The benefits of AI for businesses and consumers “are much more likely to be realised in a world where the most powerful technology firms are subject to fair, open, and effective competition – both from potential challengers and between themselves – rather than one where they are able to leverage FMs to further entrench and extend their existing positions of power in digital markets.”

Reflecting on the decade of experience the CMA has gained in digital markets, where “winner takes all dynamics” led to the rise of a small number of powerful platforms, Sarah Cardell says the CMA is “determined to apply the lessons of history” at this pivotal moment in the emergence of a new, potentially transformative technology.

The speech and update paper highlight 3 key interlinked risks to fair, open, and effective competition:

  • firms controlling critical inputs for developing FMs may restrict access to shield themselves from competition
  • powerful incumbents could exploit their positions in consumer or business facing markets to distort choice in FM services and restrict competition in deployment
    partnerships involving key players could exacerbate existing positions of market power through the value chain

The CMA’s update paper provides details on “how each risk would be mitigated by its principles, as well as the actions the CMA is taking now, and considering taking in the near future, to address these concerns.”

This includes existing measures, “like market investigations and merger review, but also consideration of developments in FMs as the CMA decides which digital activities to prioritize for investigation under the Digital Markets, Competition and Consumers Bill.”

The speech also highlights examples of current relevant work, “such as the CMA’s ongoing cloud services market investigation, which includes a forward-looking assessment of the potential impact of FMs on competition in cloud services, and its review of Microsoft’s partnership with OpenAI to understand how it could affect competition in various parts of the ecosystem.”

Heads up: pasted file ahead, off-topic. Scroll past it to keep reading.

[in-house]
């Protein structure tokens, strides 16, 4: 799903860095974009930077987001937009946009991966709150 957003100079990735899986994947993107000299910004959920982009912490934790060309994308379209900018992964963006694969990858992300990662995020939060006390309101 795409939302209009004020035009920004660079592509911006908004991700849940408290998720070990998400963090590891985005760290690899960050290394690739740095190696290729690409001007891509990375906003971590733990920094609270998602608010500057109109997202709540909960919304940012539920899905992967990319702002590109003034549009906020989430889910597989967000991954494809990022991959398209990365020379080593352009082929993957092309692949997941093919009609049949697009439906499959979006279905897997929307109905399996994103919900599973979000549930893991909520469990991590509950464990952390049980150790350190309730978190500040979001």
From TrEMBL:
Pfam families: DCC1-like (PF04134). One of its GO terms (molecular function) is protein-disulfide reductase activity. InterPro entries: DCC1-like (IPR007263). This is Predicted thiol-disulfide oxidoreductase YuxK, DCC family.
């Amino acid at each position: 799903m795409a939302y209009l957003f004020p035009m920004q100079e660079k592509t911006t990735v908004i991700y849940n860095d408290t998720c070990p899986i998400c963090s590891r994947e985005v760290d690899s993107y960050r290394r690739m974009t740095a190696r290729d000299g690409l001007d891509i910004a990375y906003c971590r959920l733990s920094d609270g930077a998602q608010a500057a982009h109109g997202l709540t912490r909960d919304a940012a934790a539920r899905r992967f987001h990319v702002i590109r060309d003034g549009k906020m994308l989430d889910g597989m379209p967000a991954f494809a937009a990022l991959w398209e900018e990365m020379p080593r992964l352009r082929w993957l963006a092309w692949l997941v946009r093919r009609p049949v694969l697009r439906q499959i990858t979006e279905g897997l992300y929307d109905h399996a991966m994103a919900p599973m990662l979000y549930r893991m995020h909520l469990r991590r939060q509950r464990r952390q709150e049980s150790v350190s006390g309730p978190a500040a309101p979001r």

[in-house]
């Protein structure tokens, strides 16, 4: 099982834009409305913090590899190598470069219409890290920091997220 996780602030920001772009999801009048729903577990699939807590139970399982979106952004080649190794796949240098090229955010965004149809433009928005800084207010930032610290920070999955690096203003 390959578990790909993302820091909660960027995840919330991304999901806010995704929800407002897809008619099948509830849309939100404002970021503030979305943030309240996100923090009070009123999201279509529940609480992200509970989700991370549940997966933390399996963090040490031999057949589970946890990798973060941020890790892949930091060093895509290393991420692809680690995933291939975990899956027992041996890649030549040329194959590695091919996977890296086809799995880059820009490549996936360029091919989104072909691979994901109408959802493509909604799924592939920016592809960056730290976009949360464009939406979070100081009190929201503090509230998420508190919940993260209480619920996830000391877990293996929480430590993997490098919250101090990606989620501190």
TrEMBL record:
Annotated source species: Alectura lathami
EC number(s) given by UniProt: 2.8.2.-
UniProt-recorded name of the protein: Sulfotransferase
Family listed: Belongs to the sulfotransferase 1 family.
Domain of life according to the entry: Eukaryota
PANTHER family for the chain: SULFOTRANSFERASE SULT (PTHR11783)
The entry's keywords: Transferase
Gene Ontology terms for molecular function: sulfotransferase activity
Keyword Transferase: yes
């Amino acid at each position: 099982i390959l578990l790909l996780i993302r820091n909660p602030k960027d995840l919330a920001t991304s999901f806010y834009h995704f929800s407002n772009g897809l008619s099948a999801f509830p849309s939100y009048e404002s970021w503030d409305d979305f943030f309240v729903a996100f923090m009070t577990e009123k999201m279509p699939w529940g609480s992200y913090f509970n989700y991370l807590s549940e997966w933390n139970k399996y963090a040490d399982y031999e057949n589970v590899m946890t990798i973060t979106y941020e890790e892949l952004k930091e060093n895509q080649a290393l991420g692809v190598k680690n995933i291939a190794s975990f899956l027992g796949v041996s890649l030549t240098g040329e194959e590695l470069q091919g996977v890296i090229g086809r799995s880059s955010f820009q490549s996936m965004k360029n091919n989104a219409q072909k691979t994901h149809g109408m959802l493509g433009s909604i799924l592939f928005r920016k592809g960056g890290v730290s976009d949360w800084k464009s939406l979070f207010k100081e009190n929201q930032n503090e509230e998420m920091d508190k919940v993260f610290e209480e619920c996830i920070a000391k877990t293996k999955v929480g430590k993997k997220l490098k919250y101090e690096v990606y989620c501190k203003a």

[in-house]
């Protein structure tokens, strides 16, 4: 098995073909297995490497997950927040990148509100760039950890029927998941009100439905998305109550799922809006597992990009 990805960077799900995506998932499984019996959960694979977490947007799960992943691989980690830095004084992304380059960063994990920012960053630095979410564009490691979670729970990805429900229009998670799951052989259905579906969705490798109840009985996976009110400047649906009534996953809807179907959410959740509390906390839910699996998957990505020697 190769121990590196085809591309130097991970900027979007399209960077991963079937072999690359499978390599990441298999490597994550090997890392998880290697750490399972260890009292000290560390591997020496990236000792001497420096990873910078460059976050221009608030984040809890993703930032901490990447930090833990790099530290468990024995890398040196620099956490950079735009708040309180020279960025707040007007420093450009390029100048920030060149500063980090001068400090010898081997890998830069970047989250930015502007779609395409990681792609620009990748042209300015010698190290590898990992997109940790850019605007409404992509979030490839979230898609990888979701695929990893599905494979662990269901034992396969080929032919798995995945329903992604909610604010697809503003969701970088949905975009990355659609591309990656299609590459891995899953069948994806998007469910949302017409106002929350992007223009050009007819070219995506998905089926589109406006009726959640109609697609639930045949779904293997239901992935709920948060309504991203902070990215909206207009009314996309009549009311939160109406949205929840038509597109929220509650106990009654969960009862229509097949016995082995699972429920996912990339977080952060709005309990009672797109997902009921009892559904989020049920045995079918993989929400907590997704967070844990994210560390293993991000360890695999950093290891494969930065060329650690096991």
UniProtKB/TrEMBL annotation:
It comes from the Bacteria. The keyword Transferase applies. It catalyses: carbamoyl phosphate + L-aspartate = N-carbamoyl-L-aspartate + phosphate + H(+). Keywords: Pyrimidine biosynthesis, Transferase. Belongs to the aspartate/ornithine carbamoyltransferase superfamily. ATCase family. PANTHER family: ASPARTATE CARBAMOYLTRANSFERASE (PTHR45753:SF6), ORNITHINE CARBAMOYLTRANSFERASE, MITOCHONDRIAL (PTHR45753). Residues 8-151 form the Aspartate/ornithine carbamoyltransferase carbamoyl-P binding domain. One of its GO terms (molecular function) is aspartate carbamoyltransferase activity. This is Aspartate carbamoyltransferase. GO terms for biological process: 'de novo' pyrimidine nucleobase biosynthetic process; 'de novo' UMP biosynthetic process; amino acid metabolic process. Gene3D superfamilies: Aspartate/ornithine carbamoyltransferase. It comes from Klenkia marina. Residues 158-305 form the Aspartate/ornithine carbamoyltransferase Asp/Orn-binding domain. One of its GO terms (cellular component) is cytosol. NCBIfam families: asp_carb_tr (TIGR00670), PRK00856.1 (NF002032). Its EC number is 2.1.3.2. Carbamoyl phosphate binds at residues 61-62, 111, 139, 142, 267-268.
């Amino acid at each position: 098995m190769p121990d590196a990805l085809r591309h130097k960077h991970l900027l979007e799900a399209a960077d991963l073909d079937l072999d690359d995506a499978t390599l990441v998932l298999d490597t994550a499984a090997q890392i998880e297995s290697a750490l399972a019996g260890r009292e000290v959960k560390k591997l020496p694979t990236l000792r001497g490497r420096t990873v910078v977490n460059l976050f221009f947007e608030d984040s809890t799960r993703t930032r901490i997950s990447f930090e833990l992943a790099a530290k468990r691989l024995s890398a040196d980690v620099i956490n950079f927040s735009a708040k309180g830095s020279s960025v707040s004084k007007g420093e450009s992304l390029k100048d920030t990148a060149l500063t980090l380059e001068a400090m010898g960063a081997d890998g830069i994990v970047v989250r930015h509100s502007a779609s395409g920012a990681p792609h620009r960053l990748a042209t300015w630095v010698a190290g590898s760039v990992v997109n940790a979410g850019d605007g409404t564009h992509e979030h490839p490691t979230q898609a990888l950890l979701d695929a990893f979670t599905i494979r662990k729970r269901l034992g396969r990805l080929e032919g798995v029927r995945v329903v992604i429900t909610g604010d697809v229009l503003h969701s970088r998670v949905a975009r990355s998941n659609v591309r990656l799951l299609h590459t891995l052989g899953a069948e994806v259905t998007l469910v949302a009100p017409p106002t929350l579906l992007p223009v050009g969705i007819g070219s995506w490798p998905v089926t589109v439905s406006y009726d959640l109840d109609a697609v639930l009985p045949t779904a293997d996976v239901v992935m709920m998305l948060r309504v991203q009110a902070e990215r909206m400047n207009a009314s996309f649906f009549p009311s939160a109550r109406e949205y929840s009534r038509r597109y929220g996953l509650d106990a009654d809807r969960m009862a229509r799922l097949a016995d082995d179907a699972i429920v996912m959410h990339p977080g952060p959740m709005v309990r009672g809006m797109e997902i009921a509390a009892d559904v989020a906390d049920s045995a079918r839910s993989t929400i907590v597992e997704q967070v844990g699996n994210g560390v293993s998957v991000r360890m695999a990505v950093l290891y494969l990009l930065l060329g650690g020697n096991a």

Sarah Cardell notes that the CMA is “keeping very close watch on current and emerging partnerships”.

This includes use of merger control powers “to assess whether, and in what circumstances, these kinds of arrangements fall within the merger rules and whether they raise competition concerns – particularly given the complex and opaque nature of some partnerships and arrangements.”

Sarah Cardell remarks:

“By stepping up our merger review, we hope to gain more clarity and that clarity will also benefit the businesses themselves.”

As noted in the update:

“When we started this work, we were curious. Now, with a deeper understanding and having watched developments very closely, we have real concerns. The essential challenge we face is how to harness this immensely exciting technology for the benefit of all, while safeguarding against potential exploitation of market power and unintended consequences. We’re committed to applying the principles we have developed, and to using all legal powers at our disposal – now and in the future – to ensure that this transformational and structurally critical technology delivers on its promise.”